Tips for Successful Parent-Teacher Conferences

In the U.S., the Fall and Spring are often times when parents have the formal opportunity to meet with their child’s teachers at Parent-Teacher conferences.


During these brief meetings, parents can learn about their child’s academic progress in school and address any learning or behavior concerns.



I’m a firm believer that children benefit and have a better chance of school success when parents and teachers work as a team.


This year, I asked several of my teacher friends to answer the following question:


What do you wish parents knew when it comes to Parent-Teacher conferences and communication with you overall?


I’ve compiled their answers here:


  • Please arrive on time. When you’re late, it can throw off the entire conference schedule. If you arrive five minutes late, expect your meeting to be five minutes shorter, and be understanding of that. If you need to cancel, please contact the teachers before your scheduled time.
  • Many parents are nervous about talking to teachers, and don’t recognize that this is difficult for the teacher as well. Don’t forget to smile!
  • Be prepared. Know your child’s teachers’ names, what subjects they teach, and what grades your child has received (this information is now widely available to parents online).
  • Trust that we have your child’s best academic interests at heart.
  • Data and facts are collected in order to create and share an objective picture of a student’s work performance.
  • Students will inevitably progress when parents and teachers are in sync about what a student needs, and about the next best steps to take. This is why it’s so important for parents and teachers to establish a positive, collaborative relationship, and become equal partners in helping children succeed.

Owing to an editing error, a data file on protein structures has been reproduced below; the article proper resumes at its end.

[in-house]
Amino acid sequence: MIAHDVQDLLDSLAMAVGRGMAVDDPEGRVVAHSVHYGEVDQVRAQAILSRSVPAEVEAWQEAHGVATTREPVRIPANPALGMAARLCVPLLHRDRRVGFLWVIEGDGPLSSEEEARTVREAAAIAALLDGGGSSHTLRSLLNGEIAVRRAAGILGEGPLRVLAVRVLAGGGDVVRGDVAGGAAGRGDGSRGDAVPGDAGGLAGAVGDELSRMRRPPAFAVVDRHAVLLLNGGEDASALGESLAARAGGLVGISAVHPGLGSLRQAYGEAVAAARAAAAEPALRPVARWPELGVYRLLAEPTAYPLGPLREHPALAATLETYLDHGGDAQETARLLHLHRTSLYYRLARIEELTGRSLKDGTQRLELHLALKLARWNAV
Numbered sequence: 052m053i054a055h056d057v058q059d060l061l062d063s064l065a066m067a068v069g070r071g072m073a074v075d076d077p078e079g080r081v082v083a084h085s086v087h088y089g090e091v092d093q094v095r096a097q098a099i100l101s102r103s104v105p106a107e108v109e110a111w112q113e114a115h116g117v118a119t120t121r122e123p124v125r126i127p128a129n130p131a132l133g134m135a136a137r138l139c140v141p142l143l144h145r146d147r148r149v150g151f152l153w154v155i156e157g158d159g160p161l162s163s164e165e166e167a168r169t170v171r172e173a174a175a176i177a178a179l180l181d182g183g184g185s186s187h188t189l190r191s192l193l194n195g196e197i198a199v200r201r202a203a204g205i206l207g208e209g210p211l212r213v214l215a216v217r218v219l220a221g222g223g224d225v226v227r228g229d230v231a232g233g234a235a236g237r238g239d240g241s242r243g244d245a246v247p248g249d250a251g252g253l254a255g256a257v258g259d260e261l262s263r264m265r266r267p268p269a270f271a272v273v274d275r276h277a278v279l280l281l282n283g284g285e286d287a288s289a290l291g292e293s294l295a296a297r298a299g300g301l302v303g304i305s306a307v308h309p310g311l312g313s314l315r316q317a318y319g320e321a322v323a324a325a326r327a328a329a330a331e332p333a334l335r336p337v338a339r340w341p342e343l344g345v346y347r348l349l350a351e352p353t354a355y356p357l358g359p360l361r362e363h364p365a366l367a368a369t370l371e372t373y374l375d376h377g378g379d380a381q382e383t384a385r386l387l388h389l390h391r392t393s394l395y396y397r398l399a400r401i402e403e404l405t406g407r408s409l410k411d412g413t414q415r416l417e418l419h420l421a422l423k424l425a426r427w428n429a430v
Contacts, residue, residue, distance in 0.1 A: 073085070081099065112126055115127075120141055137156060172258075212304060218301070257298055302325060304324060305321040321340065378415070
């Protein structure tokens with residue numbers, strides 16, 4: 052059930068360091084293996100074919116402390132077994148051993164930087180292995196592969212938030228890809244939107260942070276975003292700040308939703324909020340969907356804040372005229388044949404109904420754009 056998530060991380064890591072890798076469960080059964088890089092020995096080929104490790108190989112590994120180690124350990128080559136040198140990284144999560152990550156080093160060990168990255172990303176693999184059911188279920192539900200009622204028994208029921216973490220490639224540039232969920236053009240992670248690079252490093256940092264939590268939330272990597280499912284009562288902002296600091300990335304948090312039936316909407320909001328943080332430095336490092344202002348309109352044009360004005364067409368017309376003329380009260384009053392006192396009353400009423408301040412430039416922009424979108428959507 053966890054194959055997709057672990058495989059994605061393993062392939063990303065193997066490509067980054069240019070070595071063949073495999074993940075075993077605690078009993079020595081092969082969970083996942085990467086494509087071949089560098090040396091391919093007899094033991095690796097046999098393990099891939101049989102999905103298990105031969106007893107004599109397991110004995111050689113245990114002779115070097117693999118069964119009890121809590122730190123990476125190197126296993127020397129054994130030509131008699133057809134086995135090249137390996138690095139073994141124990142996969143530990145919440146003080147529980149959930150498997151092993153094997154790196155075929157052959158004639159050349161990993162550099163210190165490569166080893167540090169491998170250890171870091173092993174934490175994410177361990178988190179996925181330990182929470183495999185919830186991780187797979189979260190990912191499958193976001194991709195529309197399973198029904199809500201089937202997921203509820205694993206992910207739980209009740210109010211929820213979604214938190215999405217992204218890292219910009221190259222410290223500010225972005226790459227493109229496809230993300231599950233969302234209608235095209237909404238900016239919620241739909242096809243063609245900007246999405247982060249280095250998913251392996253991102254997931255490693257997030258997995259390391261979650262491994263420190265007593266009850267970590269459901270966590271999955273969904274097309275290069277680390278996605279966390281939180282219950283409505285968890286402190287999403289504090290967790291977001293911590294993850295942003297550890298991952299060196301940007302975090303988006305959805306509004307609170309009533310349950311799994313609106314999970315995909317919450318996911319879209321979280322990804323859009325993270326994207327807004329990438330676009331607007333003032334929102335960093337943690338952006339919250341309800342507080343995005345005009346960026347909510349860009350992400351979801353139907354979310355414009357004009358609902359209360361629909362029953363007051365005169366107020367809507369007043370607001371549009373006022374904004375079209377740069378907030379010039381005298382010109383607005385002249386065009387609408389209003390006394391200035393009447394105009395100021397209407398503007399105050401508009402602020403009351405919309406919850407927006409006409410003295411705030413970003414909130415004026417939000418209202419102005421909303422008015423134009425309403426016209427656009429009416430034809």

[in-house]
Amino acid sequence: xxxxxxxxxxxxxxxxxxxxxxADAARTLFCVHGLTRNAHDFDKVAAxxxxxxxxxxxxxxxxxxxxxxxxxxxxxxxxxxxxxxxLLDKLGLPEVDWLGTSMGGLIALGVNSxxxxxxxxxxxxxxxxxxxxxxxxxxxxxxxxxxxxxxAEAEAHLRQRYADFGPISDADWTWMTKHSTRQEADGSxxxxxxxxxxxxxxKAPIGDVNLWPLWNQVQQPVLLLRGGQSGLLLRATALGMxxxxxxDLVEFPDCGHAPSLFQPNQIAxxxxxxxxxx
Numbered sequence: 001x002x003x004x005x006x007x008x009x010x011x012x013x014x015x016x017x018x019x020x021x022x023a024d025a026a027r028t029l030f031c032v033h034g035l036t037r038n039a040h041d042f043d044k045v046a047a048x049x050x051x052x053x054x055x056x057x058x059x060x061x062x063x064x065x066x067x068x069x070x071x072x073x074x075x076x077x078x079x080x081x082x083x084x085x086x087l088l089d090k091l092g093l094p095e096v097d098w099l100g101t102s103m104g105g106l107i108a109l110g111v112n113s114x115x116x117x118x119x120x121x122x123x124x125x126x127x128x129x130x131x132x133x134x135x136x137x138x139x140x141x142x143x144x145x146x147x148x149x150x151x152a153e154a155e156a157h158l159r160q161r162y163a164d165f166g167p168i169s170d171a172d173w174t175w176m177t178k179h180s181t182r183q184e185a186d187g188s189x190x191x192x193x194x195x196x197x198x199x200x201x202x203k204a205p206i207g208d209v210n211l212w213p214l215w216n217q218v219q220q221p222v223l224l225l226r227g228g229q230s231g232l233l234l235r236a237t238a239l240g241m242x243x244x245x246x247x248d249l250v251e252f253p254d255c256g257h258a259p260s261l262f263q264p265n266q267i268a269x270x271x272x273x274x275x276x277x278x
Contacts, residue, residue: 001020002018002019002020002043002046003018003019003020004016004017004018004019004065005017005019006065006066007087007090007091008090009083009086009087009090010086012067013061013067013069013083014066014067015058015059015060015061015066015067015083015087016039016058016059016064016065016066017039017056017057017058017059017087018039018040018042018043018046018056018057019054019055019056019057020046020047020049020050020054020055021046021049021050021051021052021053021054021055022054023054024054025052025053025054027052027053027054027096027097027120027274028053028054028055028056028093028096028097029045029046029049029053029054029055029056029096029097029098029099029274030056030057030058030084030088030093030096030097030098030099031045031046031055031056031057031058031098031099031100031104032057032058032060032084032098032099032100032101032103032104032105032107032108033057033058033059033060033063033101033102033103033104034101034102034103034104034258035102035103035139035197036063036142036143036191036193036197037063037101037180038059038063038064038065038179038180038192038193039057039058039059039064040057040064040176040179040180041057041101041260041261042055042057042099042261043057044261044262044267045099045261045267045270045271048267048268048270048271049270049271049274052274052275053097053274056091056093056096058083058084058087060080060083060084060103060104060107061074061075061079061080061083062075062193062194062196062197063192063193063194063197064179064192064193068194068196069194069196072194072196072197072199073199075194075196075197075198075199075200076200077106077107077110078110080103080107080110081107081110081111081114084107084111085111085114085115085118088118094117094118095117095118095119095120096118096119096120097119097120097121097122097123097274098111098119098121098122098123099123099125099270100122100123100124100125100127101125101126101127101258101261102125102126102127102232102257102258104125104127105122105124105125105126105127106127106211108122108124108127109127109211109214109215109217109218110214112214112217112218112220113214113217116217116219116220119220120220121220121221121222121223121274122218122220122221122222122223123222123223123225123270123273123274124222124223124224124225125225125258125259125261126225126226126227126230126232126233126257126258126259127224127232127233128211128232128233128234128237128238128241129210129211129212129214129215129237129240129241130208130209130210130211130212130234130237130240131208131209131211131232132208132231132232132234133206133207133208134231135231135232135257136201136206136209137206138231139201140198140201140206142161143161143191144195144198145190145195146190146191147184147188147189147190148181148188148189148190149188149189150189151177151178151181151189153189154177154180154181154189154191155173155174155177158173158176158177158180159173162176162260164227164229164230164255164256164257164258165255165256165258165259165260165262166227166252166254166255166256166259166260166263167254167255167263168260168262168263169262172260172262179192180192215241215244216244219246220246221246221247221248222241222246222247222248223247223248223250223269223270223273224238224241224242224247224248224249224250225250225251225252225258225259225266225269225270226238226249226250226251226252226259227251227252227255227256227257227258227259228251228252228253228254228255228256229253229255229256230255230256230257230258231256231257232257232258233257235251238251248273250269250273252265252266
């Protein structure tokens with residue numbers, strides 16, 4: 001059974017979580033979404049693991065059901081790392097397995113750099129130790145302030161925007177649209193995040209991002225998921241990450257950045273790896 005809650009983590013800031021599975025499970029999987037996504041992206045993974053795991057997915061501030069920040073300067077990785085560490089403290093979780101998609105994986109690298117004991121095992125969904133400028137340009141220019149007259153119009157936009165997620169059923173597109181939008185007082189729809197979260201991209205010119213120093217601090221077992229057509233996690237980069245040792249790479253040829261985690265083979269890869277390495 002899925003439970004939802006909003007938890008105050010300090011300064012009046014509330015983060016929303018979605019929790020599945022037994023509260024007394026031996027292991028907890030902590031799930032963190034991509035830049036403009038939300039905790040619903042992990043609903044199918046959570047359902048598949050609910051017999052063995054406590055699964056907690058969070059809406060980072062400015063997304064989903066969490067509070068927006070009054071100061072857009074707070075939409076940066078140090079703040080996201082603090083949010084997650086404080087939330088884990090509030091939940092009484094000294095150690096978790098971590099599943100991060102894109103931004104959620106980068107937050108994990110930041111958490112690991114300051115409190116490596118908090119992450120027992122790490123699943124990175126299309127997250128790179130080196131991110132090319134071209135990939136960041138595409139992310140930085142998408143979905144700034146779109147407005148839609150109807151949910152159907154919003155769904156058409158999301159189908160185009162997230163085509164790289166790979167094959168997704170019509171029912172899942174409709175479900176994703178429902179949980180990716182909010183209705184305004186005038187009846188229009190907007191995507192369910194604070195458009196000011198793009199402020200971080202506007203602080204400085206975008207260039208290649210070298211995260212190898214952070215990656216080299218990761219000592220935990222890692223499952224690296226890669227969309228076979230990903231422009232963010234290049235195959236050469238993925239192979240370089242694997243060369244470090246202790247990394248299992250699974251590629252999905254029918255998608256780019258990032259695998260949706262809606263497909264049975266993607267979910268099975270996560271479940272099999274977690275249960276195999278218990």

• We offer suggestions that may help students to become more successful. With this in mind, please model respect for teachers, honor our professional expertise, and show your kids that you support our goals.
  • People learn from their mistakes. Let your child make them.
  • Success is not always measured by an A grade — it is individual for each student.
  • Asking the teacher to give a grade that wasn’t earned feels insulting, and is a detriment to the success of the student.
  • Be sure you understand how the grading system works, how to interpret your child’s grades, and how to communicate with teachers when there’s a concern.
  • We appreciate constructive ideas that may help your child in the classroom. We’re a partnership with the goal of student success.
  • It takes a village to raise a child, and teachers are part of that village!


In the comments below, please share your thoughts on this list and your own experiences with Parent-Teacher conferences. Feel free to offer any suggestions from your point of view that would help them run smoothly.


Finally, if you enjoyed this post, please subscribe to the blog for weekly e-mail updates and share it with your friends on Facebook.



  • Gene

    I am a high school teacher and a parent of a recently-graduated high school student. Here are my thoughts on parent-teacher conferences.

    Many parents of high-achieving students are only coming to hear great things about their kids (what parent is any different?) and take pride in their children’s accomplishments.

    Frankly, as long as their kids admit to being challenged, these parents would be better advised to skip the conference, and let the parents of the more challenged students get the benefit of the teacher’s time.

    The other peeve we teachers share is that parents enable their children’s plagiarism, by not discouraging cutting and pasting from websites as their own, or simply reviewing websites for insight into difficult texts assigned, thereby short-circuiting their teacher’s wisdom in assigning work that challenges students to struggle with the material, in order to grow and be able to think abstractly.

    Students do not read enough and are losing the ability to analyze, without the crutch of e-notes or other generic so-called study sites. Parents would do well to encourage outside reading.

    On the plus, it’s really great meeting parents and learning about the homes our students come from.

Leave a Comment